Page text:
In today’s business environment, these relationships are being rapidly reconfigured. Relationships are numerous and distant; leading institutions have sometimes shown themselves unworthy of trust; mortgage lenders have evolved from pillar to predator in many communities. In this brave new world, we trust sensitive information and funds to people we have never met; defining a circle of trusted associates is nearly impossible. For businesses that rely on online transactions, developing a reputation for information security, as PayPal® has done, is a core part of their business strategy.
Companies are not machines, and their employees, suppliers and customers are not mechanical components. Nevertheless, many managers aspire to the mechanistic ideal where everything hums along “like clockwork.” This makes cultural “management” far more challenging. When humans are treated as cogs in a machine, they return the favor by exhibiting all the learning capability of spur gears. Entire industries have ground to a halt because they tried to suppress the learning capability of their members. More prosaically, numerous industries perform sub-optimally because they fail to take advantage of the intelligence and resourcefulness of the people within them.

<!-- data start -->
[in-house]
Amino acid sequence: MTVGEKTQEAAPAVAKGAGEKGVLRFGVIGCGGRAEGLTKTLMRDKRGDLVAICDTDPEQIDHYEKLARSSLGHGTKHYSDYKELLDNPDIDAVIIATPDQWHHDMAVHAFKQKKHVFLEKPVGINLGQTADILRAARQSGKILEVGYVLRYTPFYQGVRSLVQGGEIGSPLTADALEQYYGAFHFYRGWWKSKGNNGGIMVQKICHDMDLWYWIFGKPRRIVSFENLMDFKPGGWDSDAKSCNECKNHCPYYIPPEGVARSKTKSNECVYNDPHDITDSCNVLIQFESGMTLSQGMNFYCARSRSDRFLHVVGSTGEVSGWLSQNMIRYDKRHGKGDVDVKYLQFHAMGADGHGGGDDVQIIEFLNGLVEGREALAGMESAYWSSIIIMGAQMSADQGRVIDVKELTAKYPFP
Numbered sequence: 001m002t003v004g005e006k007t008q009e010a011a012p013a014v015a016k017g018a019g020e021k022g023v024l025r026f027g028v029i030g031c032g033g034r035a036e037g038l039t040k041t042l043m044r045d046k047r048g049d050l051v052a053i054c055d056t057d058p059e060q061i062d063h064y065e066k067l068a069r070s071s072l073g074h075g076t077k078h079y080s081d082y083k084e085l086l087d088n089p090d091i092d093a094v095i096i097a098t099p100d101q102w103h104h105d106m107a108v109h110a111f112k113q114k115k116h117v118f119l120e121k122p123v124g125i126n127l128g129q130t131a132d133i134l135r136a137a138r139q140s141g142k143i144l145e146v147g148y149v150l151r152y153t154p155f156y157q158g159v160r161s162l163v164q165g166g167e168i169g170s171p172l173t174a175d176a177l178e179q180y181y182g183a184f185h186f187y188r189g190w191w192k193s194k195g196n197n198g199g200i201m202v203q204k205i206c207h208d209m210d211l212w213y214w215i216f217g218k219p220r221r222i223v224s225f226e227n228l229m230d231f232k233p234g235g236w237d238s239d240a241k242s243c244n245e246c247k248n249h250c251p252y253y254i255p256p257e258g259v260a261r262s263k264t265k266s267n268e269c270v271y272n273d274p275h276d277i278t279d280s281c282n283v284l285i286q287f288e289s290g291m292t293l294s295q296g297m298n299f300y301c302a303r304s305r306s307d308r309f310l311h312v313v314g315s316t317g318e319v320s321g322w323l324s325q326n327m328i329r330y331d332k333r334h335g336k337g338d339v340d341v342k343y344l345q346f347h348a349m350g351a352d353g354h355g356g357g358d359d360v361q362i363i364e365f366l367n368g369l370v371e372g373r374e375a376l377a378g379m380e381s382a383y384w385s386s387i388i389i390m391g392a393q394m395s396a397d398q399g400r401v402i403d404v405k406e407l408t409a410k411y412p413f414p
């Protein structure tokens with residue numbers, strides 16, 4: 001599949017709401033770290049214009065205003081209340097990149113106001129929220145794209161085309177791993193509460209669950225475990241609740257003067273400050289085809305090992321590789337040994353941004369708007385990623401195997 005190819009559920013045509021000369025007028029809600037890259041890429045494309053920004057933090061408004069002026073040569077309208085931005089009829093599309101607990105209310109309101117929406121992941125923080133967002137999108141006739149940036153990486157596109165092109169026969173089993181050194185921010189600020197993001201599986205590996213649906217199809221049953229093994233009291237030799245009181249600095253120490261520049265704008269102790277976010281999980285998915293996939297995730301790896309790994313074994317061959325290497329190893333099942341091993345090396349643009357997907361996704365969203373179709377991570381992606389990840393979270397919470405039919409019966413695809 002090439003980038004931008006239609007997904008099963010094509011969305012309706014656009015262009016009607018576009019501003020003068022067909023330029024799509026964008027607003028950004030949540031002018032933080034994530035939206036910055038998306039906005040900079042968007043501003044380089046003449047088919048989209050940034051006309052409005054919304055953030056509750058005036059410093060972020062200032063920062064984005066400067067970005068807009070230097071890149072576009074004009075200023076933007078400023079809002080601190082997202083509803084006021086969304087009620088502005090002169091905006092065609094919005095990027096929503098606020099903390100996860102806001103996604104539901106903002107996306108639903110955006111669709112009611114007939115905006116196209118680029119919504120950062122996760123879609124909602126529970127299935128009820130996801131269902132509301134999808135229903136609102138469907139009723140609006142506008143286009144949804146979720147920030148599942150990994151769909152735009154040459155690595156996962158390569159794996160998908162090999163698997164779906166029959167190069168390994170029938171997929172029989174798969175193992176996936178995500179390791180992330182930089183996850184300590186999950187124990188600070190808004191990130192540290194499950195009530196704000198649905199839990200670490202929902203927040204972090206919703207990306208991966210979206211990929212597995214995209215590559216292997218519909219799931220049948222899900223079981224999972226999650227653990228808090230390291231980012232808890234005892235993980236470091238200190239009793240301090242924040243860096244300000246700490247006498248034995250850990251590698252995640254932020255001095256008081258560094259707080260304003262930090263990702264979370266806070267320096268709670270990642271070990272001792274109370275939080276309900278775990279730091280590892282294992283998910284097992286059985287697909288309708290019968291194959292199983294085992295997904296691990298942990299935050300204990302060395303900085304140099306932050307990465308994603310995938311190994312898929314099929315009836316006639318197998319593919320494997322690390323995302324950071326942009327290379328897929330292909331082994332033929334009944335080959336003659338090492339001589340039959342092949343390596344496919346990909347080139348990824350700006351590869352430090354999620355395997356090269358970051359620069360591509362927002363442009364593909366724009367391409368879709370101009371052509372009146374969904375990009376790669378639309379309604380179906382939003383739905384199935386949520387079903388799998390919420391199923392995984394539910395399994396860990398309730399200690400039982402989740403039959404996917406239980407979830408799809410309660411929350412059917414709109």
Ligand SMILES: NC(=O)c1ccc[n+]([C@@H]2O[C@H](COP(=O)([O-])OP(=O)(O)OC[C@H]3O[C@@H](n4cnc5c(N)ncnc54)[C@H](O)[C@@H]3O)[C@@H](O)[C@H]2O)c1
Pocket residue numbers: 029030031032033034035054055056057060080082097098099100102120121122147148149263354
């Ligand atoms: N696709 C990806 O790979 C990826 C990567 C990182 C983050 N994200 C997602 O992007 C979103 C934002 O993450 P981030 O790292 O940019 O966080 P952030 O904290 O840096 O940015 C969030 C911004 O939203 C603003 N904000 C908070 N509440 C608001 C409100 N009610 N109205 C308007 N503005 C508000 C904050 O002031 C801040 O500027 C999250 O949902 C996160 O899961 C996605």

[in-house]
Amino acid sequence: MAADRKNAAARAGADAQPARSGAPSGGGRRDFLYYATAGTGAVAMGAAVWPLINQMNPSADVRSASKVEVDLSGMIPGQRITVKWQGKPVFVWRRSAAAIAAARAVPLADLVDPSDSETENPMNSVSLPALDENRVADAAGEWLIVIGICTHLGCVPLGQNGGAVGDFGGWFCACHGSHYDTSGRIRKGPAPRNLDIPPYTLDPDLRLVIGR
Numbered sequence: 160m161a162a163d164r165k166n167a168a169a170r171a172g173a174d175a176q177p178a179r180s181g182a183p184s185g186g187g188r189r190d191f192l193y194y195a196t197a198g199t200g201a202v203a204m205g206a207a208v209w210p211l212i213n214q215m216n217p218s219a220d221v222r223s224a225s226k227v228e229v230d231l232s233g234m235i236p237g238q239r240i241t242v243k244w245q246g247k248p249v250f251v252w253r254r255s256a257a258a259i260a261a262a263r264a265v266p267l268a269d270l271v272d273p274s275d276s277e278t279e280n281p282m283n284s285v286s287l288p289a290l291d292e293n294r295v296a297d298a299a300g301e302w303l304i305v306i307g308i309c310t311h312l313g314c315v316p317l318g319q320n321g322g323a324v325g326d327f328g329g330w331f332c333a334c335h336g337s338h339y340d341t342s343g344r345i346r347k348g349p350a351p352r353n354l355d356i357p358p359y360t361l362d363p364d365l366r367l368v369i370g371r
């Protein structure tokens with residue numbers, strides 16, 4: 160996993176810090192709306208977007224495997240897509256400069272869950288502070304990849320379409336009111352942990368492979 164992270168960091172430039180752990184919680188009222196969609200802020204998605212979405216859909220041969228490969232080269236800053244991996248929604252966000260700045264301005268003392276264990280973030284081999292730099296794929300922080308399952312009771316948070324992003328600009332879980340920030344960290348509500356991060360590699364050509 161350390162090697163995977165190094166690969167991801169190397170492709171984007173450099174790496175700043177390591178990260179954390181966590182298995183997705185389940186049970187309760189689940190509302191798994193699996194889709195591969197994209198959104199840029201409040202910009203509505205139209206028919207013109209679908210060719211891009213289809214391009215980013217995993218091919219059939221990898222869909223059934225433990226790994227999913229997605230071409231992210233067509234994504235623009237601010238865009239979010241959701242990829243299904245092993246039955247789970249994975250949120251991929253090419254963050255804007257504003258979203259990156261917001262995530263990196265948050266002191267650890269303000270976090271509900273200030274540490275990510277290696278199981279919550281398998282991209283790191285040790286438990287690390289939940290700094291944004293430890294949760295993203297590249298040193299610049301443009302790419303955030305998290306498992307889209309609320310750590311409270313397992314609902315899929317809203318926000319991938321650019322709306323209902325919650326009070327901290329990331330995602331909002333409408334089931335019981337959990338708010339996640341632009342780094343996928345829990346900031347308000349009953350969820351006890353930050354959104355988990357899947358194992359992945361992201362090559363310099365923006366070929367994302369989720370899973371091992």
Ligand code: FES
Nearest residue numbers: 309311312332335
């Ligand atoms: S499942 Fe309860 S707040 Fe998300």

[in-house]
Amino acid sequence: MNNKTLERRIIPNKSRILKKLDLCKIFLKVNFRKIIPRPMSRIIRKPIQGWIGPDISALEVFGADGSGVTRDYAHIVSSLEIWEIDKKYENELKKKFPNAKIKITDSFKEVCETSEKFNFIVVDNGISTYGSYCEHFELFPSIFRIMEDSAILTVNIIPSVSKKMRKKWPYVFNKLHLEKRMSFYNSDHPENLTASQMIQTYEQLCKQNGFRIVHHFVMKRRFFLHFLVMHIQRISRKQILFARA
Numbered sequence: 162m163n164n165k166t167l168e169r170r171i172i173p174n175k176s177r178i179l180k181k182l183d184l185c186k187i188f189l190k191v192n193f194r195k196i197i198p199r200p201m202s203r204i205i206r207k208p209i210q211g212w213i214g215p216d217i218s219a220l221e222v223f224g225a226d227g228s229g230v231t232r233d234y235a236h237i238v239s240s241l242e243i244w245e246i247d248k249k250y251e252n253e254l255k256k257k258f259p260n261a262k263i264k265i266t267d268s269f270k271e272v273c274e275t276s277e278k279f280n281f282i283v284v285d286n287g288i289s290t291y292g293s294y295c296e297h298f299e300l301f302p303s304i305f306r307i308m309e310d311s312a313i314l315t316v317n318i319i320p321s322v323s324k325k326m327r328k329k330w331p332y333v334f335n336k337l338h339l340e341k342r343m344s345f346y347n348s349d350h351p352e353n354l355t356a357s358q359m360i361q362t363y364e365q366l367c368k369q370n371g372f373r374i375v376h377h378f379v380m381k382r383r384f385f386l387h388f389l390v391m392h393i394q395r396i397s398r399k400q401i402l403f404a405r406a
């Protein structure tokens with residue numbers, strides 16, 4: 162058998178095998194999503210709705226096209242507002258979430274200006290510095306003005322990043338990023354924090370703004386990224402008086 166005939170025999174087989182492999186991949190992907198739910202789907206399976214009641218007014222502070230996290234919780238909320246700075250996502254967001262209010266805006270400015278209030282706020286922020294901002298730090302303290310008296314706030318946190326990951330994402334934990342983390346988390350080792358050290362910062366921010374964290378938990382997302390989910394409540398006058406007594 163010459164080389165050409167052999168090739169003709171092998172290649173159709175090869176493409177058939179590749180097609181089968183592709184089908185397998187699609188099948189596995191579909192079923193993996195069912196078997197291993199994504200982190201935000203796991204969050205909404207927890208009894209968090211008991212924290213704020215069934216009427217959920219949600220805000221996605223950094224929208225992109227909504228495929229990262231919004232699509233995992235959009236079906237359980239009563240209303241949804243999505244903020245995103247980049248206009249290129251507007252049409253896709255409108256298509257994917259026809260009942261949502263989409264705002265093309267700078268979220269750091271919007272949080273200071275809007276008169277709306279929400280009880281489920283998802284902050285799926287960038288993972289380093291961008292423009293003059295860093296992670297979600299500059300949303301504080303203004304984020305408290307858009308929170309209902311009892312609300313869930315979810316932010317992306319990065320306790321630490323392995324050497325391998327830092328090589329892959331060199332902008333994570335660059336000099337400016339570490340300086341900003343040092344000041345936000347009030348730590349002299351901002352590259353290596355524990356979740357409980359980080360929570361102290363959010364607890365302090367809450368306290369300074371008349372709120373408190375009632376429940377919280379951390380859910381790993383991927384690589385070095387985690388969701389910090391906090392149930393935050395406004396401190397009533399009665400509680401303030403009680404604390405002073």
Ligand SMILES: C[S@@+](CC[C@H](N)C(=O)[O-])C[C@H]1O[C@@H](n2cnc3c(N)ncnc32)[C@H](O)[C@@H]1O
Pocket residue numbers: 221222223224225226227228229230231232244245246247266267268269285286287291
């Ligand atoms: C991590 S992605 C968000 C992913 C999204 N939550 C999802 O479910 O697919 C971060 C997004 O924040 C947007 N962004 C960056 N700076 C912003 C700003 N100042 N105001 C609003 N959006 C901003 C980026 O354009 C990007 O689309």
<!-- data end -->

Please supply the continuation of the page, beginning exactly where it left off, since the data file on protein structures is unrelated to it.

Most of the literature on “corporate culture” is either an impressionistic sensitizing of managers to the facts of corporate culture, which is often progress, or inventories of culturally iconic practices and artifacts, which can be somewhat useful, in that it opens a storehouse of knowledge of different cultural forms.
A third type, which is more pernicious, is a substantial body of consultant literature that suggests that an attentive manager can change his culture if he simply manipulates his personnel policies, or his reward system, or his corporate communication, or the corporate dress code, or the office furniture, in some appropriate manner. This literature points to companies that go through “cultural changes,” including (as an extreme example) one company that “changed” its “culture” three times in ten years. This view of culture as packaged and commodified sends messages of manipulation throughout an organization.
America’s contemporary security culture has several blind spots: A fascination with techno-fixes rather than balancing trust and mistrust, and a desire for immediate results and a short attention span. An effective security culture will be that which understands that these must be tempered with people-centeredness, patience and respect.